Perhaps the strongest argument against Dr. Waldfogel's theory is that those same retailers now rely on Christmas to boost sales, which in turn generate their own economic gain with jobs, for instance. But buying and selling is a transfer between two parties, and as Dr. Waldfogel points out, during the rest of the year, when people shop for themselves, both the seller and the buyer - who, in smart purchases anyway, should be getting more value back than the price they pay - are mutually benefiting. At Christmas, the seller is still raking it in, but the buyer gets less satisfaction.

Other economists have also suggested that Dr. Waldfogel's theory fails to consider the value of joy in giving and receiving. Sure, the person getting that $50 sweater might have been willing to pay only $10 for it, but what about the $40 of Christmas cheer the exchange generated? Dr. Waldfogel has his argument ready: If Aunt June had given young Fred a sweater he'd actually buy for the price she paid, wouldn't the value of the gift, holiday glow included, have been that much higher?

Of course, not everyone messes up. When his students were asked to value gifts against their own purchases, parents, spouses and siblings did pretty well. But when you go farther outside the close circle, to distant relatives and acquaintances, the waste grows. Considering that one holiday survey found that an average person buys 23 presents for 23 people, that's a lot of potential for waste.

What's more, most of the time, we're holiday shopping because we have to - not because we necessarily want to; in economic terms, Christmas is a budgeted necessity like gasoline and underwear. Over the past 50 years, even while the wealth of Western countries has increased, Christmas shopping, in relative terms, has remained fairly stable - we spend more in actual dollars but not in proportion to our overall wealth. Caught in society expectations, we are paying the holiday bill the same way we pay the cable company - or grab underwear at the department store.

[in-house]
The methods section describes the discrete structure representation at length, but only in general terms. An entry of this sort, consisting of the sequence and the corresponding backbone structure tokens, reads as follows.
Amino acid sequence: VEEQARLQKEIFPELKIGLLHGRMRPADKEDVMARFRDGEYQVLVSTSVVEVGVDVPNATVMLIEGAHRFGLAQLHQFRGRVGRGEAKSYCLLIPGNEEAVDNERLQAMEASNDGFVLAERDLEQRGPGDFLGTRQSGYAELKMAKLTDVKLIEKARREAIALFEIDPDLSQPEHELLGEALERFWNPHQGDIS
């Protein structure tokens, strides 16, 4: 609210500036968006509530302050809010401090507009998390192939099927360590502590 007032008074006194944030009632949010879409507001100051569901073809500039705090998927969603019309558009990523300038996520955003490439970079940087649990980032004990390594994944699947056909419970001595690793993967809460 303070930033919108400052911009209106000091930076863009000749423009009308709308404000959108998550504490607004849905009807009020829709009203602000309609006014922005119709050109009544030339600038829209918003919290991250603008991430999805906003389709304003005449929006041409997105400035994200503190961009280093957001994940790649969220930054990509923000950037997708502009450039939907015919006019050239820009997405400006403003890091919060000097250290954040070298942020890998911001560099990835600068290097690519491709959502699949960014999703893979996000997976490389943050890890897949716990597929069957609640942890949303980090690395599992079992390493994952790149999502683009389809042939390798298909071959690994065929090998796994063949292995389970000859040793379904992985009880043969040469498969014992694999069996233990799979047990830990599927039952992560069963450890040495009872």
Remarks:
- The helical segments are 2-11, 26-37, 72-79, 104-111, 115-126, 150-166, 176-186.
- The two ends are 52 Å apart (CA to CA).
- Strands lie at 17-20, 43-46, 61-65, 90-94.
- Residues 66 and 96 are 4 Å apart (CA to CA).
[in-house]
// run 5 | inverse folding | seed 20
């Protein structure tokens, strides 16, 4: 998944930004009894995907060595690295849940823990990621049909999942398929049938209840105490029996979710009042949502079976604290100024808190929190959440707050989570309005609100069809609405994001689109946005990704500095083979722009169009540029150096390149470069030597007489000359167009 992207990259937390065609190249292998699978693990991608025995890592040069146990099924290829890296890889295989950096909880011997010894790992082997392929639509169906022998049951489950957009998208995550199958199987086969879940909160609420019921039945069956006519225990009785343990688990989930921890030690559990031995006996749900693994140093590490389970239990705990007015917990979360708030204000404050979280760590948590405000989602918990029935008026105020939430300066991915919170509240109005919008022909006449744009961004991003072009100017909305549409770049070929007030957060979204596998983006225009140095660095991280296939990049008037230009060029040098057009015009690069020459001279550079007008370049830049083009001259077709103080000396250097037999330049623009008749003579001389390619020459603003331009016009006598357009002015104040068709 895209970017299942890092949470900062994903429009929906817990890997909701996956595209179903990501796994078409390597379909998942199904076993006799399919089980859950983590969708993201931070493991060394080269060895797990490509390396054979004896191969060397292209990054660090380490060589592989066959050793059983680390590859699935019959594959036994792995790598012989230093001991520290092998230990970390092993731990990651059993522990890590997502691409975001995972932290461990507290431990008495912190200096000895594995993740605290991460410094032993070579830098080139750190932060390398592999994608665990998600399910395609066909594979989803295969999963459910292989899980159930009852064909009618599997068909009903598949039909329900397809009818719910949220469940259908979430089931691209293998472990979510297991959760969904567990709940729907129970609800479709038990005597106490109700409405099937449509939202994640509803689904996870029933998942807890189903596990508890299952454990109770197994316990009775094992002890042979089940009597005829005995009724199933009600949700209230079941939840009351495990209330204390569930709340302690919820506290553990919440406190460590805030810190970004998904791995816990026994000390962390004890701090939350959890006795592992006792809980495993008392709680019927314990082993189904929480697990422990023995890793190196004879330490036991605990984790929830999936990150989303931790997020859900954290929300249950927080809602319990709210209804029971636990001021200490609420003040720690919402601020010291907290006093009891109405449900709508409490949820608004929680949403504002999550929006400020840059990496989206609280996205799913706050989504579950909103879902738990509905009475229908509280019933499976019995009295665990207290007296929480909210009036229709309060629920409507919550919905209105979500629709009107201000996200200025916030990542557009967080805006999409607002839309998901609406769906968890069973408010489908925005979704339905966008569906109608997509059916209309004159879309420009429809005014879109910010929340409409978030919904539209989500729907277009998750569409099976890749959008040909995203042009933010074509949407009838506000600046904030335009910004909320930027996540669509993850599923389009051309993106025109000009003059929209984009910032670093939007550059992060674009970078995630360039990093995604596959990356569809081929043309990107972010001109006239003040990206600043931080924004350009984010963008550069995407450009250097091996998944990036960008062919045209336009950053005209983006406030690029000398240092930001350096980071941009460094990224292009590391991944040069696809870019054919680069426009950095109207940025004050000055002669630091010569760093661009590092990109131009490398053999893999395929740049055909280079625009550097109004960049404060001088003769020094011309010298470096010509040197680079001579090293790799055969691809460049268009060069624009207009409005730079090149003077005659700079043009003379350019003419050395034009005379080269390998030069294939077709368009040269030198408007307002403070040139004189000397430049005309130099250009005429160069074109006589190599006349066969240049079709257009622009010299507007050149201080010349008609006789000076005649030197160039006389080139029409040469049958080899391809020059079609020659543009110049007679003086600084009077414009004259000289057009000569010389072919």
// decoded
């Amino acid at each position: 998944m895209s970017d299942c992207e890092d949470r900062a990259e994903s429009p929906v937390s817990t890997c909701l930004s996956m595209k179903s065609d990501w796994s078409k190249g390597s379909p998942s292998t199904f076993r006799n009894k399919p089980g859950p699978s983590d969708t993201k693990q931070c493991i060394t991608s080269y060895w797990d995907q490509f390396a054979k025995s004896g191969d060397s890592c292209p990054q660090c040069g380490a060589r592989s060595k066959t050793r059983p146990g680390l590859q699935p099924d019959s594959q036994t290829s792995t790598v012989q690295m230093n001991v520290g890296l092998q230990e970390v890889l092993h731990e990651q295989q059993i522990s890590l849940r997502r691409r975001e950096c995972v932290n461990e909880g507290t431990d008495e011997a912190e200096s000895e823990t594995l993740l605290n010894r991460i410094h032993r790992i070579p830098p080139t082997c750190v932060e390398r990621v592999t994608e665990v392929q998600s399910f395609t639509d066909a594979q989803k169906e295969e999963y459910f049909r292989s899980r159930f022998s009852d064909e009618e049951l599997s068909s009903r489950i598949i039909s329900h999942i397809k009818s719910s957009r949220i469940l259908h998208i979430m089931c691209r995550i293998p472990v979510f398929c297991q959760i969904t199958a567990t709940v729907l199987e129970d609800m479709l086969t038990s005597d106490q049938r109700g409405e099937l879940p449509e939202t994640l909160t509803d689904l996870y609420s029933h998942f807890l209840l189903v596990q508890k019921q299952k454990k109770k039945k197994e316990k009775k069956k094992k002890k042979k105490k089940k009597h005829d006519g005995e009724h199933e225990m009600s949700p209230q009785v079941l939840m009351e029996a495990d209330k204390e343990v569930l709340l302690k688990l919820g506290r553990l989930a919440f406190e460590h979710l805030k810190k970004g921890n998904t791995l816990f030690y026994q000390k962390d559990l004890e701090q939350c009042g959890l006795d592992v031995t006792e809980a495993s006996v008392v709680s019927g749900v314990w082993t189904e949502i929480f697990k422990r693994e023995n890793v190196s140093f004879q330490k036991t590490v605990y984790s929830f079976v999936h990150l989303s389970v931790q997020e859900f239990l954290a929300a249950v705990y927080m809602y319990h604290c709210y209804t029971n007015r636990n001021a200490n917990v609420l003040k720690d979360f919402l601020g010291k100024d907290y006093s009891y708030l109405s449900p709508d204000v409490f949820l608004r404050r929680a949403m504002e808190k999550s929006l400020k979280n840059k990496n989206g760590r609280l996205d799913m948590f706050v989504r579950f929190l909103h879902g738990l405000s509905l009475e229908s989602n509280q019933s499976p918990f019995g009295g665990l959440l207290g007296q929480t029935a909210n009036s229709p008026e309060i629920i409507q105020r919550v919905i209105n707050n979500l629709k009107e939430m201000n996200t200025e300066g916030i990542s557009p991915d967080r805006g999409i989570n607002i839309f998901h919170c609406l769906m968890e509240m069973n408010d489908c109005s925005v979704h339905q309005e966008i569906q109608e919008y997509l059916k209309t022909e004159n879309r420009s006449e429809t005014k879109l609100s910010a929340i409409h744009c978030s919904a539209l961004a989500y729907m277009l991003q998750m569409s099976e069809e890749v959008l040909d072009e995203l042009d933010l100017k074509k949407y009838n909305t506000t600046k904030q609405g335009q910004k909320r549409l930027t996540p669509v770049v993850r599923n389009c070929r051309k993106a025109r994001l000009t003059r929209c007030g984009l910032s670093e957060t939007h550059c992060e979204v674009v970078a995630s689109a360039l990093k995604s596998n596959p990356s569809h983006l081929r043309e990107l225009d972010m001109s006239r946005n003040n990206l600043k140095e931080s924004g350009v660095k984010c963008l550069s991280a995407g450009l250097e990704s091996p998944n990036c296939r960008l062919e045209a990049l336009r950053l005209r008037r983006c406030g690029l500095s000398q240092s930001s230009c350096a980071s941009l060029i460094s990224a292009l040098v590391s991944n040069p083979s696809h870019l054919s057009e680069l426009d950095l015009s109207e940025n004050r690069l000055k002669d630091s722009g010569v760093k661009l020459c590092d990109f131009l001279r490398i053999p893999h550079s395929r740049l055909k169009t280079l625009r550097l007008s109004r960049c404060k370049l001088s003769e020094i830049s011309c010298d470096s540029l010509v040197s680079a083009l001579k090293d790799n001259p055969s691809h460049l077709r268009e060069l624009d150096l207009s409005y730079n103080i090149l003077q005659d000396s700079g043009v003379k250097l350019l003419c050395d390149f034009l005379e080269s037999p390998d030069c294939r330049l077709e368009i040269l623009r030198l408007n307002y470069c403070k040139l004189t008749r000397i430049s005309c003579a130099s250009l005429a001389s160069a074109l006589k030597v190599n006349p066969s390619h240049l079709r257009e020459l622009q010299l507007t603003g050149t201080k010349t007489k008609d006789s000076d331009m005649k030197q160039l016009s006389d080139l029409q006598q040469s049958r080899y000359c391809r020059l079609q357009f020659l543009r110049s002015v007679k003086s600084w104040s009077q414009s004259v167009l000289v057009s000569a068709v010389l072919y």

So what's the solution? An obvious one is probably getting your loved ones to supply an itemized list of things they want. Cash, of course, is a guaranteed no-loss value exchange. But if cash is tacky, Dr. Fogelman says gift cards also make good economic sense. Re-gifting, he says, is more clumsy, since its requires holding on to an unwanted item until the opportunity to give it to someone else comes along (an act fraught with its own risks). "It's a form of hostage exchange. I have a drawer full of gifts that I never opened, and don't want, and I can just give them away to fulfill our obligation toward others. But to me that just points out the absurdity of the situation."

His favourite option is giving to charity - he is a fan of a gift card in the United States that allows the recipient to choose which non-profit gets the money, "to act like a rich person," he says. He proposes that gift cards should come with an expiry date, after which the unused balance would go to charity rather than just back into the retailer's pocket. But he concedes: "I am told by some shrewd people that's as likely as world peace."

But then, he's not really expecting the gifts to stop piling up under the tree any time soon, just that shoppers might be a bit wiser in their choices. On that note: If you're looking for a thought-provoking gift this holiday - one conveniently sized to fit into a stocking - there's always his book. Though even the author knows you're probably better off getting a gift card.